Fantasy football Web sites like www.espn.go.com like to make a big deal out of their player rankings. They hold them up as gospel and would like you, the humble fantasy owner, to unquestioningly follow their advice.
To actually do so would be a mistake.
Often their rankings do reflect reality. Peyton Manning is always going to be a top five quarterback. Yet in the end, the analysts are only making educated guesses. It is not possible, therefore, for them to always be right, and it is the owners who do follow their advice without doing any research of their own who end up missing out on the gems that free agency has to offer.
Each week, ESPN puts out its updated player rankings, listing its top 60 players at each position. To view them just on a basis of names, it would seem as though player value begins to drop off around the 10th spot on each list. But if you look carefully, you will find low-ranked players who still produce solid numbers and may even still be available in your league.
Let’s take a look at ESPN’s rankings. On its list of the top quarterbacks, ESPN has Matt Schaub of the Houston Texans ranked 6th, while Chad Henne of the Miami Dolphins is ranked 14 spots lower at #20. Schaub has almost 200 more yards passing than Henne, has a higher QB rating, and has thrown for two more touchdowns, making it seem as though Schaub is the obvious choice over Henne. But to be a successful fantasy owner, you are going to need to look a bit deeper. Take Henne and Schaub. Despite his numbers, Schaub has only scored nine more fantasy points than Henne. Why? Interceptions. Schaub has thrown four interceptions to Henne’s one.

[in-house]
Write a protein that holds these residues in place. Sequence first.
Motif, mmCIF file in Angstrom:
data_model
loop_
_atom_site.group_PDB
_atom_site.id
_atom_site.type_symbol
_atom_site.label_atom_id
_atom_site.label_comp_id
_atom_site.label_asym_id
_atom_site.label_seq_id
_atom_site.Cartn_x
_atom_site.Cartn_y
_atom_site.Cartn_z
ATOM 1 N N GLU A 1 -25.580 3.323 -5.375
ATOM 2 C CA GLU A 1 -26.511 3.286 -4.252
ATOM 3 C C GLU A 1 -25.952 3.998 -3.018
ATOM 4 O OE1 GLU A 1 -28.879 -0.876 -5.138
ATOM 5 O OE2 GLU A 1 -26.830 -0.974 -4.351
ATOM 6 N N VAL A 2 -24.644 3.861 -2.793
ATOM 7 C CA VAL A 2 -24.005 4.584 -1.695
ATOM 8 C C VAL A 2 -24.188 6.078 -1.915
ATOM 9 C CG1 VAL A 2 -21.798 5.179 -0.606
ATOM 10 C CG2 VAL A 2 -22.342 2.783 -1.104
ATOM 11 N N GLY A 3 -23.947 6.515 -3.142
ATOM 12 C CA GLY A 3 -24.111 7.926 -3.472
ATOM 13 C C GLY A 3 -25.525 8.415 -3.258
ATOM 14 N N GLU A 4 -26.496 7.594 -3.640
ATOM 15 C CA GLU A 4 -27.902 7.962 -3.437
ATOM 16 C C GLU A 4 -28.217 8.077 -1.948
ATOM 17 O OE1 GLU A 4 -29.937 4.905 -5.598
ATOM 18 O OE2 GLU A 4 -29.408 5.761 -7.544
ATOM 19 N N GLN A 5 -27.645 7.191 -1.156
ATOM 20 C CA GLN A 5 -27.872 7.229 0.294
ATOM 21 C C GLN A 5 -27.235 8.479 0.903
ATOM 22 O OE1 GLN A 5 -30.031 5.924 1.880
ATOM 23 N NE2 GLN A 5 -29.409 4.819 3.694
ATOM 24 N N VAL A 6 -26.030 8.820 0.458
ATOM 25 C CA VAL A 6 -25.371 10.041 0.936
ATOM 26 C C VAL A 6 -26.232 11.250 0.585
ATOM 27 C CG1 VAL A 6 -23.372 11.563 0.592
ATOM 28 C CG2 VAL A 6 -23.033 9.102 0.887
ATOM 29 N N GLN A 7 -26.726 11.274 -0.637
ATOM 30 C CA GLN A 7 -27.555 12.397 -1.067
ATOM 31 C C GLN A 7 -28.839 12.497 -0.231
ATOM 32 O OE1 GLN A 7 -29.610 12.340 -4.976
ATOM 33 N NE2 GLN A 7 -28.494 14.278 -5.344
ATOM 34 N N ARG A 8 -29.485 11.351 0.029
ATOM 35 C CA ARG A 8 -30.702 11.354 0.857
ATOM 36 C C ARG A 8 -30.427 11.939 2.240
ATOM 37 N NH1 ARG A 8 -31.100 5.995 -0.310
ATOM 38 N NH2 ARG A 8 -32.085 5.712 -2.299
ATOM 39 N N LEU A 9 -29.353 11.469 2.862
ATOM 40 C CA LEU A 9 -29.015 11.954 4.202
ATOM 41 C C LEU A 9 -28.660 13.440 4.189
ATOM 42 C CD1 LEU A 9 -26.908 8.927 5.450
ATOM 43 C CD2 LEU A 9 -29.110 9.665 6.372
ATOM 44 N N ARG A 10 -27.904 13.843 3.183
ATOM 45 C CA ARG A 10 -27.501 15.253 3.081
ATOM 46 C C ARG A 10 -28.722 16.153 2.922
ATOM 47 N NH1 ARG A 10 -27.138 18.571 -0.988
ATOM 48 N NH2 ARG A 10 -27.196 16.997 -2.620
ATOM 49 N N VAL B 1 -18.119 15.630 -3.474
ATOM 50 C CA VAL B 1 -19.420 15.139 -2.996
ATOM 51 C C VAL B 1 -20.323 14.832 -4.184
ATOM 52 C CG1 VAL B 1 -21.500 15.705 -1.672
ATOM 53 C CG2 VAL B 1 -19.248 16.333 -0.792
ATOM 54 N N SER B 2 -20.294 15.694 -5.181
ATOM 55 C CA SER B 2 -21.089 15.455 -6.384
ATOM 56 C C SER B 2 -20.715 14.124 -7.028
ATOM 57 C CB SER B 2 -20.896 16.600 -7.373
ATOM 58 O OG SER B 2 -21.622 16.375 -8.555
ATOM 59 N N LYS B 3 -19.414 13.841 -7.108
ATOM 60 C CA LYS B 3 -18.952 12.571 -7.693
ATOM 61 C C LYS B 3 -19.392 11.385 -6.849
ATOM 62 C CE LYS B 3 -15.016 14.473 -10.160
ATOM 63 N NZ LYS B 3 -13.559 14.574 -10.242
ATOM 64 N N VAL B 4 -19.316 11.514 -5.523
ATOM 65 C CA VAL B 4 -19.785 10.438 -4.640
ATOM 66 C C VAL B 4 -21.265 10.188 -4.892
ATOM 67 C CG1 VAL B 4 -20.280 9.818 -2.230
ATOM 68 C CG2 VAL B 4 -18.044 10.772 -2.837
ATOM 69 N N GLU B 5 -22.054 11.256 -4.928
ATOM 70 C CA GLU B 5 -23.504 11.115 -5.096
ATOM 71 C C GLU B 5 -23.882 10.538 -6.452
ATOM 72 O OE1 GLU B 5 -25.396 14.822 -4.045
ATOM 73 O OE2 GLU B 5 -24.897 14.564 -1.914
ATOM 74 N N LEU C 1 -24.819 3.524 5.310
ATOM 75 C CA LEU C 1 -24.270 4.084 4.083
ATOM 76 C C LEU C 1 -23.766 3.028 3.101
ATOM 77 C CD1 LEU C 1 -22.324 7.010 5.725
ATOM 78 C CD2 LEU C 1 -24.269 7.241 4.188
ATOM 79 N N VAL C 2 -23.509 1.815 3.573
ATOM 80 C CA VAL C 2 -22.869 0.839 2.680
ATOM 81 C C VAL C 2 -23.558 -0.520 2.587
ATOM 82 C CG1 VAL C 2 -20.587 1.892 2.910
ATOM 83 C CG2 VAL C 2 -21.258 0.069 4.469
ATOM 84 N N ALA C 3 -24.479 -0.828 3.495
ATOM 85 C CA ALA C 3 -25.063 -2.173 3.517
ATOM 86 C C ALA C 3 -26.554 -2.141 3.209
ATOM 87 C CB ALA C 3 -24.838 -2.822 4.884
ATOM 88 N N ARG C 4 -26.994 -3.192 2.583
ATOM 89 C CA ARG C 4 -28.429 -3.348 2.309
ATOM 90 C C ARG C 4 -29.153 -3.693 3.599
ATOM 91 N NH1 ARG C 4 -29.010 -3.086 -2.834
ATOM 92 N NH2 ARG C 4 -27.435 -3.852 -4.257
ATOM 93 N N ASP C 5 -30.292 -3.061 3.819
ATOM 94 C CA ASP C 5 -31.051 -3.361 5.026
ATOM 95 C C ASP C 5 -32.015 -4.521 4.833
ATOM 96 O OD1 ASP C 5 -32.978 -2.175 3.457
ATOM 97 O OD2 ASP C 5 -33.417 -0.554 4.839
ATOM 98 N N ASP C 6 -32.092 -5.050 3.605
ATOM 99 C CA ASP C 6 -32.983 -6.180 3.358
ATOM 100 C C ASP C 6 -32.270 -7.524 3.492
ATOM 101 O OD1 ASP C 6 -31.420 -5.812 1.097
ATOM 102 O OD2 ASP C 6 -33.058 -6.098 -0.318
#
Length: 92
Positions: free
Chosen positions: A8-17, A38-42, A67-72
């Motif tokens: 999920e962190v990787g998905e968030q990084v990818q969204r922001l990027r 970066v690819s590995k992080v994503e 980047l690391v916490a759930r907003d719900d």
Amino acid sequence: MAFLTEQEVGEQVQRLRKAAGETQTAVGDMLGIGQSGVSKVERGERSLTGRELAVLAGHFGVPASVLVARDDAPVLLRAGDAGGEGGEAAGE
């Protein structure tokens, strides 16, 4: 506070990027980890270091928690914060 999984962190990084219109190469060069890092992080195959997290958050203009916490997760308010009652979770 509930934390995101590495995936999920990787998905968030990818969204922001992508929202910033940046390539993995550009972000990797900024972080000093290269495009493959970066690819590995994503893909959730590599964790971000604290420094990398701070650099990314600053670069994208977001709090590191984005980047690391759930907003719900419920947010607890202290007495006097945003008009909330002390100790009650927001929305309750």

So while Schaub has had the more explosive season, he is also more likely to hurt you fantasy-wise. And while Schaub is owned in 100 percent of ESPN leagues, Henne is still available in almost 33 percent of leagues. The contrast is even more striking when you compare Henne to ESPN’s #11 quarterback, Eli Manning, who, despite also being owned in 100 percent of ESPN leagues, has actually put up fewer fantasy points than Henne. It is because of players like Henne that free agency can be an owner’s best friend. Every now and then there will be a player who is flying under the radar but is still producing at the level of a highly ranked player. If you pay attention, you might find one.
Here are a few more numbers. Maurice Jones-Drew, running back for the Jacksonville Jaguars, is ESPN’s fourth-ranked running back. He has scored a grand total of 20 fantasy points and is owned in 100 percent of leagues. The 40th and 41st ranked running backs, Jason Snelling and Mike Tolbert, have put up 41 and 29 fantasy points respectively, and are both still available in almost 40 percent of leagues. St. Louis Rams wide receiver Mark Clayton, who can still be picked up in 23 percent of leagues, is ranked 30th by ESPN despite scoring nine more fantasy points than sixth-ranked receiver Greg Jennings.
My point is this: Just because you missed out on the top ten players does not mean you can’t put together a strong team. Instead of memorizing all the bullshit the analysts at ESPN or any other fantasy football site come up with, do some actual research. Track performances each week and keep a close eye on the free agents in your league, because more likely than not, you will find something that somebody else missed.
Daily Nexus staff writer Josh Greenberg spends his days trolling free angency lists, and absolutely nothing else.